Museum and conservation monitoring

Royal Air Force Museum

Royal Air Force Museum


On April 1st 2018 the RAF celebrated its 100th birthday. To mark the occasion a wide range of events have been organised across the country. Additionally, the RAF museum in London and Cosford have created four new exhibits which reflect the changing roles and capability of the RAF. A transformation of the London site, supported by the Heritage Lottery Fund, will include two new, innovative galleries exploring the first 100 years of the RAF, its roles today and invite visitors to imagine its future contribution and technology. A third new exhibition will focus on the story of the RAF from the Falklands conflict of the early 80s to current operations. Over 500 previously unseen artefacts relating to RAF history will be on display including logbooks, uniforms, lucky charms and technical equipment.

Preserving History

The RAF museum provides a reminder of the pivotal roles it has played in every decade since it was founded, the themes of the three new exhibits in London: "The first 100 years", "The RAF in an age of uncertainty" and "First to the future" highlight the involvement of the RAF in conflicts and humanitarian programs over the last century and at a very personal level, how important it is to remember these events through its archive of aircraft, equipment and memorabilia. Consequently, it is important that the exhibits are displayed in the best possible environment and that they are monitored to ensure that the correct conditions are maintained. As members of the Museums Association the RAF museum adopts best practice when it comes to monitoring.

Best Practice

The content of the museum is wide ranging, many items being sensitive to incorrect temperature and humidity levels as well as excessive changes and high cumulative light levels. The range of exhibits includes aircraft and boats to delicate textiles. One such example is a flying suit that has had extensive conservation work undertaken on it because stitching, rubber seals and the fabric itself had all deteriorated. Great care was required to preserve the item from further deterioration.

The exhibit is now stored in a glass cabinet and its temperature and humidity monitored using an Eltek GD13E transmitter combined with a RHT10E probe to provide a discreet but precise method of monitoring temperature and humidity. Eltek equipment has been used to provide a monitoring system to the RAF museum for over 7 years. In 2017, as part of the preparation for the Centenary project, Charlie Marriott the collections care officer at the London RAF museum contacted D-Tech Systems, who are a specialist distributor for Eltek products. Charlie stated that D-Tech provide the expertise for "providing a practical solution to a nebulous problem".

Specialist expertise

Danny Gibbs at D-Tech undertook a radio survey of the site and met with Charlie as well as other third-party contractors such as the showcase suppliers to ensure that a well-researched cost effective practical solution was specified. D-Tech took account of the need to provide a solution that could provide up to date results data for both the Cosford and London museums. The type and location of the sensors, repeaters and loggers was agreed and incorporated into the site plans for the new exhibits to ensure that on the day of installation everything would run smoothly.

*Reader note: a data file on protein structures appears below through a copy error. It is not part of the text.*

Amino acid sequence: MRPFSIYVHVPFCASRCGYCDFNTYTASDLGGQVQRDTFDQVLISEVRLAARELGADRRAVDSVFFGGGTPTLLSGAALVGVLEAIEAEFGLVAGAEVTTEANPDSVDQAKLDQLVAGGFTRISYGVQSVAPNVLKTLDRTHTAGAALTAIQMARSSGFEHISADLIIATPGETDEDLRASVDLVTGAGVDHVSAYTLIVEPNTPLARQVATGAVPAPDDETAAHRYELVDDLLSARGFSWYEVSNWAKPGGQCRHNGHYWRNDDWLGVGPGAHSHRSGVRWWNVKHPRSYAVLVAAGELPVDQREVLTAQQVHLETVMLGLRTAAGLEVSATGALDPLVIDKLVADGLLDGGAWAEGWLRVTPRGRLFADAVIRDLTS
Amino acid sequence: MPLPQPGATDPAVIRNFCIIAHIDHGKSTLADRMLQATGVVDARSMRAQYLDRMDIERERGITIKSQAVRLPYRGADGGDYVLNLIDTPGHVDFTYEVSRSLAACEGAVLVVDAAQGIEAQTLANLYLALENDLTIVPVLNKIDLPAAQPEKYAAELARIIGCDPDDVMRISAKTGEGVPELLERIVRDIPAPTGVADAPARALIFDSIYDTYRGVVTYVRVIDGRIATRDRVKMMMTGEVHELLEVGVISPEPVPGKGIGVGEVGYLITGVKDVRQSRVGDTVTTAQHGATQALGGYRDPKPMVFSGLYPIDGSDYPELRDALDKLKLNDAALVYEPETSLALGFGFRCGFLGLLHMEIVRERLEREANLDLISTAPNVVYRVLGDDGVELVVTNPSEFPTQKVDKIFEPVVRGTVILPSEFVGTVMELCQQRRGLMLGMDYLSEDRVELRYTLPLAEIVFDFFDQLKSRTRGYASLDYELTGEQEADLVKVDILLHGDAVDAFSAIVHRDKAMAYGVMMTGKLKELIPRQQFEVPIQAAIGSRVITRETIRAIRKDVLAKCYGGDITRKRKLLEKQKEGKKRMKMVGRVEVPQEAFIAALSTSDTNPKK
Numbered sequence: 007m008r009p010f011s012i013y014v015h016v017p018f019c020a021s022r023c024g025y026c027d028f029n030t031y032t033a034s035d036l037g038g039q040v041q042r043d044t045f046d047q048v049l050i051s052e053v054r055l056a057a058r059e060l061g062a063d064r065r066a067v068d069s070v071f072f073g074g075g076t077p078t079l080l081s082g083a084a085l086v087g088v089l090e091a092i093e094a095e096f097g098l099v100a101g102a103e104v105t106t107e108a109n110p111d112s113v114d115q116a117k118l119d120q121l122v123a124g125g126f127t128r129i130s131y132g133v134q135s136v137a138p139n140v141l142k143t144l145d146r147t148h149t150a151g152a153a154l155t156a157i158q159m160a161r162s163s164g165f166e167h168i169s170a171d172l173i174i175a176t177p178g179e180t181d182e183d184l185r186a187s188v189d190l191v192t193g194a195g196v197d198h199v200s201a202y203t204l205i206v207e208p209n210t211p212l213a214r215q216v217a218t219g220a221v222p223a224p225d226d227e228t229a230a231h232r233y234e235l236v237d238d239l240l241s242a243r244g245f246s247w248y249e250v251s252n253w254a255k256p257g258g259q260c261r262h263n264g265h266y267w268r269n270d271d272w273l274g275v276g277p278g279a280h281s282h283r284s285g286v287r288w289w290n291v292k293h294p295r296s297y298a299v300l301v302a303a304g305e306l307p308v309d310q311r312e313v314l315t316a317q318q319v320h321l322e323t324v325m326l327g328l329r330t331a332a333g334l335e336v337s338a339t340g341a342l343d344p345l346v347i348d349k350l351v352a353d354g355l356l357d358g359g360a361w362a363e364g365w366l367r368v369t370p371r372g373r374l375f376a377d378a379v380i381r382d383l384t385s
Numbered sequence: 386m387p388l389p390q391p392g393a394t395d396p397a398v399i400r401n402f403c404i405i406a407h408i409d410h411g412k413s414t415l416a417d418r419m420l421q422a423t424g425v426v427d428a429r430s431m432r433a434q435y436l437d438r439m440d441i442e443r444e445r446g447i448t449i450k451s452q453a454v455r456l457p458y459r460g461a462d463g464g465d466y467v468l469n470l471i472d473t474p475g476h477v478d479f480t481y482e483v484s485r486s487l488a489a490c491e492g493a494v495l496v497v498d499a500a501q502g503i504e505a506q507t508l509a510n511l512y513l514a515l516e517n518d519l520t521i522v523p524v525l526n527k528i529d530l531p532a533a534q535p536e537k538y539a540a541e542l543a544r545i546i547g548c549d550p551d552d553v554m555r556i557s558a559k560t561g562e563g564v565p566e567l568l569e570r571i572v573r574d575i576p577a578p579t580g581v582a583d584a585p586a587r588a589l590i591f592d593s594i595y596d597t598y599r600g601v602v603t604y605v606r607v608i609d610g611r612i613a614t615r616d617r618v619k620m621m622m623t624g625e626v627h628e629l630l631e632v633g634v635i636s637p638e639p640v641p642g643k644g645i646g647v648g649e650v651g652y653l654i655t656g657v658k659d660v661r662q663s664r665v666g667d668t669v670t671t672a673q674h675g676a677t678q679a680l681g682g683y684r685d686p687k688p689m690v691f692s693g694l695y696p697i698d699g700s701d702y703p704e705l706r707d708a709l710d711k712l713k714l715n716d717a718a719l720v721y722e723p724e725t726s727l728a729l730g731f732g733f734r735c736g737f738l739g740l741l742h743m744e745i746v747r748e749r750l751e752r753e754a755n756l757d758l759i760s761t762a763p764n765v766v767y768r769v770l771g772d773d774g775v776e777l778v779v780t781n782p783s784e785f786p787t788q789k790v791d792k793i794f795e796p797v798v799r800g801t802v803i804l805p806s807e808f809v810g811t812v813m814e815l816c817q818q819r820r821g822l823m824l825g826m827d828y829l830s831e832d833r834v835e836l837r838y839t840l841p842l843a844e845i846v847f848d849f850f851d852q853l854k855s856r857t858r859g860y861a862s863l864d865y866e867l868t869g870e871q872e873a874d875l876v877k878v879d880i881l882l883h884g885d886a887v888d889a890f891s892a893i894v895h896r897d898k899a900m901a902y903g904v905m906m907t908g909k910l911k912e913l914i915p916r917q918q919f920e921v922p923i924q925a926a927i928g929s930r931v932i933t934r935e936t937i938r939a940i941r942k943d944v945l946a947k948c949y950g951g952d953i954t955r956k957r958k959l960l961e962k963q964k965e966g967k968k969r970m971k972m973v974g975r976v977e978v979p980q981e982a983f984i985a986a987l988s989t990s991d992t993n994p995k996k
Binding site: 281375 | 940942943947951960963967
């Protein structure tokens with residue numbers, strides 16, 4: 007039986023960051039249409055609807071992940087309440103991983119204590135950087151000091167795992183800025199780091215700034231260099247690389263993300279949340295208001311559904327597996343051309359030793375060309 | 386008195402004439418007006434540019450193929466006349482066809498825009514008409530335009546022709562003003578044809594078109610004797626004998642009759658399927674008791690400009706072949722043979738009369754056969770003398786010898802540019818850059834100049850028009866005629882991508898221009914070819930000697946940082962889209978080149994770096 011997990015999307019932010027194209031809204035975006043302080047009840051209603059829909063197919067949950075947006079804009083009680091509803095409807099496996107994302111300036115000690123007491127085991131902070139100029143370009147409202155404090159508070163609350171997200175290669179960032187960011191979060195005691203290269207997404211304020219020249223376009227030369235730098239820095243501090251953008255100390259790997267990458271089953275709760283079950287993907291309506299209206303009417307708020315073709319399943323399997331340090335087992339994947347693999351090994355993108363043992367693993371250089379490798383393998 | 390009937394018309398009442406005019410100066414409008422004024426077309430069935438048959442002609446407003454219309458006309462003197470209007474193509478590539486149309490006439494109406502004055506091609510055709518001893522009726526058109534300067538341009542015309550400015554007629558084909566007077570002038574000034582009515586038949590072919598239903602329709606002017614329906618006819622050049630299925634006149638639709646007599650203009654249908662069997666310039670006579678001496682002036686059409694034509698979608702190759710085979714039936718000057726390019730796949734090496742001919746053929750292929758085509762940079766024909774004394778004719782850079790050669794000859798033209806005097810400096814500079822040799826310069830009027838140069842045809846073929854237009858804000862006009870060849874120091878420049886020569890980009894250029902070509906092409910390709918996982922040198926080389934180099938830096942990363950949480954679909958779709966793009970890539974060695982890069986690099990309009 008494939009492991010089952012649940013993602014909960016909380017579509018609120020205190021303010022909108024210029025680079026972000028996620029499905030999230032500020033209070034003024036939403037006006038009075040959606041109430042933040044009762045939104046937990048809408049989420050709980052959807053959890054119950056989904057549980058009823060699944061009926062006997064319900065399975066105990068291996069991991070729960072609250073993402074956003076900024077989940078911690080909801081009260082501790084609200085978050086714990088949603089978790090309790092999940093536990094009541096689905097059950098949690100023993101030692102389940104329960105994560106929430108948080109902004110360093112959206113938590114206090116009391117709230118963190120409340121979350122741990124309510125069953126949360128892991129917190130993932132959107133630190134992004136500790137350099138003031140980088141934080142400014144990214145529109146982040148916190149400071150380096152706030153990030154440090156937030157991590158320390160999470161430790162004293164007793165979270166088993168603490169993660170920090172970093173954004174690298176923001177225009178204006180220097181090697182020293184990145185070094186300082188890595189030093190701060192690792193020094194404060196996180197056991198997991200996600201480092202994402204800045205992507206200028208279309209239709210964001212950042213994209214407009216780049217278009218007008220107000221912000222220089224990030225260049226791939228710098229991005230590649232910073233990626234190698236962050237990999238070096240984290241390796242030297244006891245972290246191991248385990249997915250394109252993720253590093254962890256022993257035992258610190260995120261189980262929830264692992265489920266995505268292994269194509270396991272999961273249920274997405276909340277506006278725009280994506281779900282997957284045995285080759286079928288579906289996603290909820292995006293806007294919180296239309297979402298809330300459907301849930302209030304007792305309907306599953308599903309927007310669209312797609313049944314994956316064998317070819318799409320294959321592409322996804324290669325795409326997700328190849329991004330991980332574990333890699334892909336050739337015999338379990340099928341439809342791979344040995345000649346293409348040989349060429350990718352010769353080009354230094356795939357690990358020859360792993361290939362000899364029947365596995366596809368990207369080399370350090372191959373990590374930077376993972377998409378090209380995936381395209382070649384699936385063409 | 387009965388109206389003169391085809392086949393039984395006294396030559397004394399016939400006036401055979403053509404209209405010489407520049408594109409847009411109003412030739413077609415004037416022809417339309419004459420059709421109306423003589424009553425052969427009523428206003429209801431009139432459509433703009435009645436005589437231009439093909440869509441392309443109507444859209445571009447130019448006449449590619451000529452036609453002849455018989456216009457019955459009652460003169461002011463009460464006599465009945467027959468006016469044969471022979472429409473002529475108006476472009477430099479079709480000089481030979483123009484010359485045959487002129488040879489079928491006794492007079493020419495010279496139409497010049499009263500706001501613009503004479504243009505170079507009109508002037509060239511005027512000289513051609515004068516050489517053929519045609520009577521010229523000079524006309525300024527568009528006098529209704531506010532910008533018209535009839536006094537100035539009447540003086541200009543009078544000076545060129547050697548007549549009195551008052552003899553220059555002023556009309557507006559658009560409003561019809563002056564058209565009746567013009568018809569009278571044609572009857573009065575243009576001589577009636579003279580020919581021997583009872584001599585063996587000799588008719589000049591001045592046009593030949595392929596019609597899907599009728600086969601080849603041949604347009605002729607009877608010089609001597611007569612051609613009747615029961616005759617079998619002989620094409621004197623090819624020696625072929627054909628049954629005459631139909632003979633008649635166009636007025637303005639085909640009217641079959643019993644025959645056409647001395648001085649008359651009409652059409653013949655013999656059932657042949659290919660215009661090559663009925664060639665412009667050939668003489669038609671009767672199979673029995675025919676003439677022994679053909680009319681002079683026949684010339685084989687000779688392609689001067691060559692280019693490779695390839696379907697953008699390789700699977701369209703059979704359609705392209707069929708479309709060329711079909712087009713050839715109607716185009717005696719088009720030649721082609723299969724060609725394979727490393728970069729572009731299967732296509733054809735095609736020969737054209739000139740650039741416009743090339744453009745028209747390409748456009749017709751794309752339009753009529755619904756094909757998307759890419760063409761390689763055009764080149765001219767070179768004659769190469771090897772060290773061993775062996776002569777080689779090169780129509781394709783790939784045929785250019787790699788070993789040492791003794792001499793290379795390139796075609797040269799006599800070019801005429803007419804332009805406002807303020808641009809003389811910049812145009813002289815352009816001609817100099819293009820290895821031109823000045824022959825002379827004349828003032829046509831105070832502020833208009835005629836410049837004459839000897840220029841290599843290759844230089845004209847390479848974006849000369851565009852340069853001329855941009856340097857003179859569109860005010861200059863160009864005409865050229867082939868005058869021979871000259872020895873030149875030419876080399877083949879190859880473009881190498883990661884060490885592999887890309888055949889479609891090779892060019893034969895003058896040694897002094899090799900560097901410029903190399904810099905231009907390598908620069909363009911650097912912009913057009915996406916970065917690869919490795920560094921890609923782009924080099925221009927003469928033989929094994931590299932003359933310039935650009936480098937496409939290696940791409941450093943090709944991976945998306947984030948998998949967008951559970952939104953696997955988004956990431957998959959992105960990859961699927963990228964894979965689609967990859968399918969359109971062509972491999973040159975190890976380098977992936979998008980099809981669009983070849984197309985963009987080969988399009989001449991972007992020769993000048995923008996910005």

Eltek products are regularly supplied and maintained by carefully selected specialist suppliers. D-Tech was selected by Eltek for its wealth of experience in the Museums and Heritage sector and its in-depth knowledge of the Eltek product range. D-Tech provide ongoing support for customers including annual calibrations, routine servicing, and ongoing training and telephone support. With experience of the sector, D-Tech can ensure that the system is set-up as required with the minimum of disruption for the customer.

"Let the machine do the work for us!"

Charlie Marriot has the system set-up for minimum user involvement. Automated reports are sent to various recipients at both the London and Cosford sites on a weekly basis. Threshold temperature and relative humidity settings have been defined and alerts are automatically emailed to ensure any issues are addressed promptly should they ever arise. Eltek has been able to customise the software for the RAF museum so that fluctuations can be monitored without the need to post process logged data on a spreadsheet. "It's good that the system and the data are centralised, with automatic updating." The Eltek system is fully autonomous and does not lose data in the event of a power outage.

The Future

The system at the RAF museum has just undergone a major expansion, so there are no immediate plans for further expansion, but Lux (light level) monitoring would be one of the considerations and the Eltek system would seamlessly incorporate this capability.

System components

The system installed in London and Cosford consists of a total of 46 transmitters in London and a further 16 in Cosford. These transmitters measure temperature and relative humidity in the ambient environment and inside showcases. The software used is Darca Heritage 2, this gives the user the benefit of being able to monitor, control and report on multiple locations all on one package by utilising database technology. The system configuration is such that the user can switch between the data for each location with a mouse click.

Relevant Products


Royal Air Force Museum case study (PDF)